A bulker in danger of sinking off Gibraltar following a collision with an LNG carrier was reported to be in a stable condition on Tuesday morning.

An initial inspection carried out by divers showed the bulker to have suffered more serious damage in the incident.

The 35,362-dwt OS 35 (built 1999) crashed into the 162,000-cbm Adam LNG (built 2014) while the Asyad Shipping-linked gas carrier was anchored in Catalan Bay on Monday.

The OS 35 was beached by Gibraltar Pilots in an attempt to prevent the ship from sinking.

The Government of Gibraltar said in a situation update on Tuesday that the bow of the vessel is resting on the seabed in 17m of water, listing by three degrees to starboard.

Divers dispatched to carry out an underwater inspection found “significant damage” to the ship's starboard side.

That includes a gash amidships below the waterline measuring about 10 metres by four metres, Gibraltar authorities said in an announcement.

Tugs have being deployed and booms set up in case there is an oil spill.

The OS 35 was loaded with 183 tonnes of heavy fuel oil, 250 tonnes of diesel and 27 tonnes of lube oil when it departed Gibraltar on Monday on a voyage to Vlissengen in the Netherlands.

“The vessel is carrying 24 crew, all of which are currently still on board, at the request of the Captain of the vessel,” authorities said. “Assets are available at the scene in order to evacuate the ship if necessary.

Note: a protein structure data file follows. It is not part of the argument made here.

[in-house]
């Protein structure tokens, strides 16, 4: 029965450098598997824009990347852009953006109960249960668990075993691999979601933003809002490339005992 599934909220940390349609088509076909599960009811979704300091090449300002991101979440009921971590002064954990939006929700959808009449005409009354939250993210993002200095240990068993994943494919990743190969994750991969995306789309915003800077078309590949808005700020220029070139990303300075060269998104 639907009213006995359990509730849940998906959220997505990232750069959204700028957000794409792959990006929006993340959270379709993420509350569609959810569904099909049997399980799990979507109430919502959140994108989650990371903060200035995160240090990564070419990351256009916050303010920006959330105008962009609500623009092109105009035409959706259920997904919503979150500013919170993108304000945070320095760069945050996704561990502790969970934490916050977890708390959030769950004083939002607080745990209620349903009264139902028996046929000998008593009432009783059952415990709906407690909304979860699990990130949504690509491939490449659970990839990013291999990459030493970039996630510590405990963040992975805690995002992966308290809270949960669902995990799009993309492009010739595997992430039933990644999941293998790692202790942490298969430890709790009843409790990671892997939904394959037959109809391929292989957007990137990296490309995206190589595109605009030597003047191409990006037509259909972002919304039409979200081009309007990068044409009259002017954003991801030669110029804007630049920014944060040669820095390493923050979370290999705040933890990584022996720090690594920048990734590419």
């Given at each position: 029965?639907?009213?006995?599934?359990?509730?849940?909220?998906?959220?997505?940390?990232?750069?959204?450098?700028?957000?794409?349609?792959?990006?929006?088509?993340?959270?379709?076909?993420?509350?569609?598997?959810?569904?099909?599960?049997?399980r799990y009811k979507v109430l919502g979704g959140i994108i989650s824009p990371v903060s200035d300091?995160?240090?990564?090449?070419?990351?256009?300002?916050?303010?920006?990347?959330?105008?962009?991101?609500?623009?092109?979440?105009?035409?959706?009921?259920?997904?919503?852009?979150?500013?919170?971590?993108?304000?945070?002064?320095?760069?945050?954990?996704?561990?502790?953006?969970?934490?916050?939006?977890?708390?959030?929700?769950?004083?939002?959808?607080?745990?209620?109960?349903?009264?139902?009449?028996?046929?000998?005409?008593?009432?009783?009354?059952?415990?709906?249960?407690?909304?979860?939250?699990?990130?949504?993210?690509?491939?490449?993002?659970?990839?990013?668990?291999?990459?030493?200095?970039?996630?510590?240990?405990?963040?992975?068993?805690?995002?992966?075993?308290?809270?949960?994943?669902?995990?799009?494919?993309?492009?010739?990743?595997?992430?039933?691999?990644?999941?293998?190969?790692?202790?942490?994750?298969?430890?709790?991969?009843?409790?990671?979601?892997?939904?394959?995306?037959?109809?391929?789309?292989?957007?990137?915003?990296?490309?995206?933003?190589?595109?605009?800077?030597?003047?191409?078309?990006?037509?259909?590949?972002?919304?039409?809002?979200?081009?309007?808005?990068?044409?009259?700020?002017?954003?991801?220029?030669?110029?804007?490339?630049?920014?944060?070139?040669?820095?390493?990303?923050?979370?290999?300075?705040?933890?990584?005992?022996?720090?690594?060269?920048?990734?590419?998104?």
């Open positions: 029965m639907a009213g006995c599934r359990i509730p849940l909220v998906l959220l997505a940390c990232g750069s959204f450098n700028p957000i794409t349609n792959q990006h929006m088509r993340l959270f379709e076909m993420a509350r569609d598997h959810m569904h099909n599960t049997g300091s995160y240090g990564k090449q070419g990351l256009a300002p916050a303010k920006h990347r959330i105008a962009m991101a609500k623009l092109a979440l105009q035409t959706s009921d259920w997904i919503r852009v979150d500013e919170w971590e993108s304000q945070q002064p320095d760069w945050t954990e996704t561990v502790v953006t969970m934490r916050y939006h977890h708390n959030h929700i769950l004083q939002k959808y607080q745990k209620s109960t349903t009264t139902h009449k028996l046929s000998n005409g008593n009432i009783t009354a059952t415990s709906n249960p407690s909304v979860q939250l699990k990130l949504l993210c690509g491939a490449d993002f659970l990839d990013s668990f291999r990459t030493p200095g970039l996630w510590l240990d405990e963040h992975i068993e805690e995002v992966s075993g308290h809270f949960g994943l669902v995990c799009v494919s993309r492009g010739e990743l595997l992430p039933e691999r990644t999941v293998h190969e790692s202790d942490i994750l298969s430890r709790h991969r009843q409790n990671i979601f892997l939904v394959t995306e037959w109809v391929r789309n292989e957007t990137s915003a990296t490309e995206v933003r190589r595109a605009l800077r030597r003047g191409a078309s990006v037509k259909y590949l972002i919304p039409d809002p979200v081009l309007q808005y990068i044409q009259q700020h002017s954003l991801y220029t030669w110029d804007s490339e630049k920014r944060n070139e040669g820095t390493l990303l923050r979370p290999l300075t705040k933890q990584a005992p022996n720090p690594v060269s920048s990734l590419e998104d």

“The latest advice by the captain of the port is that there is little to no risk to human life for any of the crew on board.

The OS 35 remains in a stable condition, with its bow resting on the seabed, following its collision with the 162,000-cbm gas carrier Adam LNG (built 2014), which was anchored in Catalan Bay. Photo: Contributed

The vessel remained in a stable condition.

A specialist team of marine salvors from the Netherlands were due to arrive in Gibraltar on Tuesday to carry out a full on-site assessment.

Superficial dent

Kpler data shows the Adam LNG, which is listed as being on charter to Gunvor, was in ballast at the time of the collision.

The Adam LNG is flagged in the Marshall Islands, is owned by Adam Maritime Transportation and managed by Oman Ship Management Co — a subsidiary of Asyad Shipping.

In a statement sent to TradeWinds on Tuesday, Oman Ship Management said the Adam LNG suffered damage to the bulbous bow but there was no water ingress nor injury to crew.

Later on Tuesday, the government of Gibraltar described the damage to the Adam LNG's bulbous bow as a “superficial dent”.

The vessel's managers said no pollution from the vessel has been reported.

“Oman Ship Management Co has made all the necessary notifications, and further inspection of the bulbous bow and forepeak areas are underway,” the company said.

The gas carrier remains anchored in Gibraltar’s western anchorage.

Lebanese background?

The OS 35 is flagged in Tuvalu and is said to be carrying steel rebar.

The vessel is owned by Oldstone Cargo and managed by Oldstone Management. Both these companies are said to be based in Greece.

The ship, however, is controlled by Middle Eastern interests. When the OS 35 was attacked by pirates off Somalia in 2017, Oldstone Management was said to be Lebanese.

An Oldstone manager in Greece contacted by TradeWinds for comment on Tuesday referred the request to an owner with an Arab-sounding named who was said to be currently in Cyprus.

The owner wasn't immediately contactable.

See more on the video at https://www.youtube.com/watch?app=desktop&v=RlLArnkBdpY

This article has been updated to include information about the two vessels' owners and managers, as well as the latest update from the Government of Gibraltar

Lucy Hine and Harry Papachristou contributed to this article

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